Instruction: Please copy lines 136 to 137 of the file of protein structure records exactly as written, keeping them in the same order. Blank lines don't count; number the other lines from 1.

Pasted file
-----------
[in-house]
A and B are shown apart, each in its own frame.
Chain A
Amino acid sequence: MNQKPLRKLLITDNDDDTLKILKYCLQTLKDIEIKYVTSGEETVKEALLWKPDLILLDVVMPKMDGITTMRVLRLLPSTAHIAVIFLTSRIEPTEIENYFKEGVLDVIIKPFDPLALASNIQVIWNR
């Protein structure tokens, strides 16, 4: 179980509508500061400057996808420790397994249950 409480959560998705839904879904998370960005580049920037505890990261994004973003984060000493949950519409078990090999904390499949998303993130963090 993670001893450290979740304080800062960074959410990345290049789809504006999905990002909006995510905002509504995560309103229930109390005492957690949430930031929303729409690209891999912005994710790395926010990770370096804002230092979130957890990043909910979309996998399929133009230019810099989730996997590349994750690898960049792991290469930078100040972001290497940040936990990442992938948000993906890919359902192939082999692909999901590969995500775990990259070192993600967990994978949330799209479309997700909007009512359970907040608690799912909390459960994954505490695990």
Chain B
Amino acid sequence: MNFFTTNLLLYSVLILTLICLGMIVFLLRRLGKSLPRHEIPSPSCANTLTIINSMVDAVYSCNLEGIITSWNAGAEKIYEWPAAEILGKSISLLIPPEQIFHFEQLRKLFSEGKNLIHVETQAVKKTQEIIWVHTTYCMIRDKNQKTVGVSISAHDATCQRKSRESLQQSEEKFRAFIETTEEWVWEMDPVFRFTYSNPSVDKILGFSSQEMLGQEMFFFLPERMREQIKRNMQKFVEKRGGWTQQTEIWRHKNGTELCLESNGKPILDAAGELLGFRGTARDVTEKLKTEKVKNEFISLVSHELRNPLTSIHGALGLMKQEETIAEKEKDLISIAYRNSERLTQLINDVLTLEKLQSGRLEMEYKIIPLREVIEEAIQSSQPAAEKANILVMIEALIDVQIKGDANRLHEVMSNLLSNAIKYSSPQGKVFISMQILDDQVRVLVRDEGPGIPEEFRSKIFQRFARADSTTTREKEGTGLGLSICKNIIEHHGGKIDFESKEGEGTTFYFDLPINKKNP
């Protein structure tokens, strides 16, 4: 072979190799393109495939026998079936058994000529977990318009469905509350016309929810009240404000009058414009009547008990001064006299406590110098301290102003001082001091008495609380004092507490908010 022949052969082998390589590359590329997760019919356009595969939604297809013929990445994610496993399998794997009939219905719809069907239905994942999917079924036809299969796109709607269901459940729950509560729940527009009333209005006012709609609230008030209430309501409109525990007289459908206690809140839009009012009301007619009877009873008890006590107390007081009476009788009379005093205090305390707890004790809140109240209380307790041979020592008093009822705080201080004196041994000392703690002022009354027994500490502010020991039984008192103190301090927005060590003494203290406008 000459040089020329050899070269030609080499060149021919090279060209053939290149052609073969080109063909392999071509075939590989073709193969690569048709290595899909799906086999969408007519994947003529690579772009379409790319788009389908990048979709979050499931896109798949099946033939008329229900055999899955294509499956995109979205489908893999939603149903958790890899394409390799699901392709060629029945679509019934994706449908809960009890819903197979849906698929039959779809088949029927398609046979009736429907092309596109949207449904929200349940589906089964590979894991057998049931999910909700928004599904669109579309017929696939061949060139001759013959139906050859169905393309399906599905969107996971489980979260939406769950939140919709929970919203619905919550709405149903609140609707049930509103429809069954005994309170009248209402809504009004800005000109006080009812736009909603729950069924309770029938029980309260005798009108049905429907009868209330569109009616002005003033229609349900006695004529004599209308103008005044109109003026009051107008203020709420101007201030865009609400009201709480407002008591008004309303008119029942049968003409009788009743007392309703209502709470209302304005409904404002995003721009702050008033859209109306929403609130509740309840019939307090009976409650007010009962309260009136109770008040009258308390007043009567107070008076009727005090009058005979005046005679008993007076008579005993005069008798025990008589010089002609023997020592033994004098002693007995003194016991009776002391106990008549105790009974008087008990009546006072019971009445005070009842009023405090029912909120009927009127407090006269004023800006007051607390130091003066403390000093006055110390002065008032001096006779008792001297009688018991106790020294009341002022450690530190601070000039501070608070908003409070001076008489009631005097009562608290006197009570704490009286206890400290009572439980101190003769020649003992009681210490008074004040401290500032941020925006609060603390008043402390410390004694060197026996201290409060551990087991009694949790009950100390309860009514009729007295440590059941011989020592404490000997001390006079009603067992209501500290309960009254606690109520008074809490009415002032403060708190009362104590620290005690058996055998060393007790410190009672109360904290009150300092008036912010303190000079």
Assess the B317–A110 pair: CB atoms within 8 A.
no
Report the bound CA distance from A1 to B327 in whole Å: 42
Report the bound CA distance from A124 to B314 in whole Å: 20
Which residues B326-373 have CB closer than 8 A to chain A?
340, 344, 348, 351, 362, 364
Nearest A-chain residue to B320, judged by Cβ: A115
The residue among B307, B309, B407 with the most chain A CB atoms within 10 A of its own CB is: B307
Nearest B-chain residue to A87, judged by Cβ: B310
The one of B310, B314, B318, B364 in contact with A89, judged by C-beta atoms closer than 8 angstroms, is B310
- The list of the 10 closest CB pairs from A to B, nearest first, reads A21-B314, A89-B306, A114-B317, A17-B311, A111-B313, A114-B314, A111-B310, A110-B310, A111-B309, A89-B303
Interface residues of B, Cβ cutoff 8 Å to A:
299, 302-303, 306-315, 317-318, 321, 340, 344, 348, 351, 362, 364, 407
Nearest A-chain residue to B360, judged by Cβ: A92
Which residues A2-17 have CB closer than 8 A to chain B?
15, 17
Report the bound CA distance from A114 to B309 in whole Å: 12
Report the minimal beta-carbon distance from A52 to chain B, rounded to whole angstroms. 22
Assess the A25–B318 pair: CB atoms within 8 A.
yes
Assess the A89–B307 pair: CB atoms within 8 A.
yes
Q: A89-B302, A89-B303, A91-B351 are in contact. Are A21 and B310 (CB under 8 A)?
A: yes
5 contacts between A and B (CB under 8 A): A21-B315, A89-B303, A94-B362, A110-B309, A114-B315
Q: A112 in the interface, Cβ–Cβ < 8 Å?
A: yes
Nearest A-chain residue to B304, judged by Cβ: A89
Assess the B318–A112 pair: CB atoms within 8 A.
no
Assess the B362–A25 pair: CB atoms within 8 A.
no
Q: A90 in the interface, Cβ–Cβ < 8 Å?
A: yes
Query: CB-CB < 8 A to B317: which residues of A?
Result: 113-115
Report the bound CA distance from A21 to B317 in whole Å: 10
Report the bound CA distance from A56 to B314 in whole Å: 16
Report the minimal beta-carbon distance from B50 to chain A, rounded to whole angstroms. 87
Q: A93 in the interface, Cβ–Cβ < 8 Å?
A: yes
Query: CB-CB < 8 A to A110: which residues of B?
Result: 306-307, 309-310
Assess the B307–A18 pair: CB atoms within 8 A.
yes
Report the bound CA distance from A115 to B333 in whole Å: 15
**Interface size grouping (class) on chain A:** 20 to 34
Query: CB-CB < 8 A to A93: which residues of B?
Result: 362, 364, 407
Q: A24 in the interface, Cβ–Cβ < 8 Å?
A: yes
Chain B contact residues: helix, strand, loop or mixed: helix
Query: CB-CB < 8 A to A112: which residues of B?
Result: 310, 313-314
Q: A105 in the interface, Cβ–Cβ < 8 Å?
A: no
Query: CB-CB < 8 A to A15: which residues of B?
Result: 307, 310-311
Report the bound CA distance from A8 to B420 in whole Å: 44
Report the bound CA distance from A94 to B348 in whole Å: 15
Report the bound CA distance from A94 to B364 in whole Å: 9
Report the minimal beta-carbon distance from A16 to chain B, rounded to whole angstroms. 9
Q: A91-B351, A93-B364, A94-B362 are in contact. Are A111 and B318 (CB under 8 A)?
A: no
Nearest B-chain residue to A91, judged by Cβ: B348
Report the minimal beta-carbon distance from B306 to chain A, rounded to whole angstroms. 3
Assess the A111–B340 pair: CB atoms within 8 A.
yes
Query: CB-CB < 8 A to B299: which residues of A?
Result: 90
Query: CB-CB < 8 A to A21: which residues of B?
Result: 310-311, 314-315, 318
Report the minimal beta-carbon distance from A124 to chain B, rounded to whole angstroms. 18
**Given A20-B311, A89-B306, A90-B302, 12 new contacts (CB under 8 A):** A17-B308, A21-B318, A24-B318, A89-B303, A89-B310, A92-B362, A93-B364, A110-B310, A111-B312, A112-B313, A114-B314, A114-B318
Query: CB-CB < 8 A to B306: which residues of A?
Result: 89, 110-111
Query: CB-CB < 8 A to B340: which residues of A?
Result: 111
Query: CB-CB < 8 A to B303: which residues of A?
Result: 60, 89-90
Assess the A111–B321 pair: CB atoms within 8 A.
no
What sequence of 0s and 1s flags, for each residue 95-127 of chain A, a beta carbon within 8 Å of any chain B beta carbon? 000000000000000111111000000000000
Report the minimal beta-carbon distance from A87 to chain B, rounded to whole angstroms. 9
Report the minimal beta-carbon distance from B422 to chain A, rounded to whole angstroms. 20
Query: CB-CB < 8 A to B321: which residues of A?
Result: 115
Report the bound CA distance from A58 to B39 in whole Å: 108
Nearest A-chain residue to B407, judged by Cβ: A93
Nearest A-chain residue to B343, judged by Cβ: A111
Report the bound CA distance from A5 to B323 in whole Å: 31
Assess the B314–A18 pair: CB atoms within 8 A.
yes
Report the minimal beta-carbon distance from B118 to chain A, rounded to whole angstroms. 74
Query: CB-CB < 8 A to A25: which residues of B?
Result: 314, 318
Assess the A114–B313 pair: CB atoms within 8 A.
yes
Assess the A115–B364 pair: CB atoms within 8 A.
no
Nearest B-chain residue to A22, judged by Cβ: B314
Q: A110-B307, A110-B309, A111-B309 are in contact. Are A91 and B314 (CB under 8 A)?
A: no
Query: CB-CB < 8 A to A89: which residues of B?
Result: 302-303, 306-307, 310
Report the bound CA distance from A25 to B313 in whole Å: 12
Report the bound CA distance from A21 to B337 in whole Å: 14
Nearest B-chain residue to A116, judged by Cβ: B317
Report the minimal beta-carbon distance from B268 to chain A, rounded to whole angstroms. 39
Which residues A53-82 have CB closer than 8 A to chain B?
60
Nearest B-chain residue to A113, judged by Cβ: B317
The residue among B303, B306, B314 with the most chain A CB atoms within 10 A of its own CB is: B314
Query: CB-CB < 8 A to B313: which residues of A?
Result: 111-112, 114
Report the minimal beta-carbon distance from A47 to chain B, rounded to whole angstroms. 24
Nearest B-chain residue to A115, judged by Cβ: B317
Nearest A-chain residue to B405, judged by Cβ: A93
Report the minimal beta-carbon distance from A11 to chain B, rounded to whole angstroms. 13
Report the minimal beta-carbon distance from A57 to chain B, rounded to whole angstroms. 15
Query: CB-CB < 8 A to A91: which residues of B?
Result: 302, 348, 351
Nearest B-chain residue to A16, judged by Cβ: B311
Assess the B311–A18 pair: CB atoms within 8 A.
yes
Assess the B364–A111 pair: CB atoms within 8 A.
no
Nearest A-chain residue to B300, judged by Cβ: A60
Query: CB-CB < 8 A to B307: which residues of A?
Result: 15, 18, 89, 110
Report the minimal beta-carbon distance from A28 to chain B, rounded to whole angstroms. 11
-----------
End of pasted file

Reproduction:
Nearest A-chain residue to B300, judged by Cβ: A60
Query: CB-CB < 8 A to B307: which residues of A?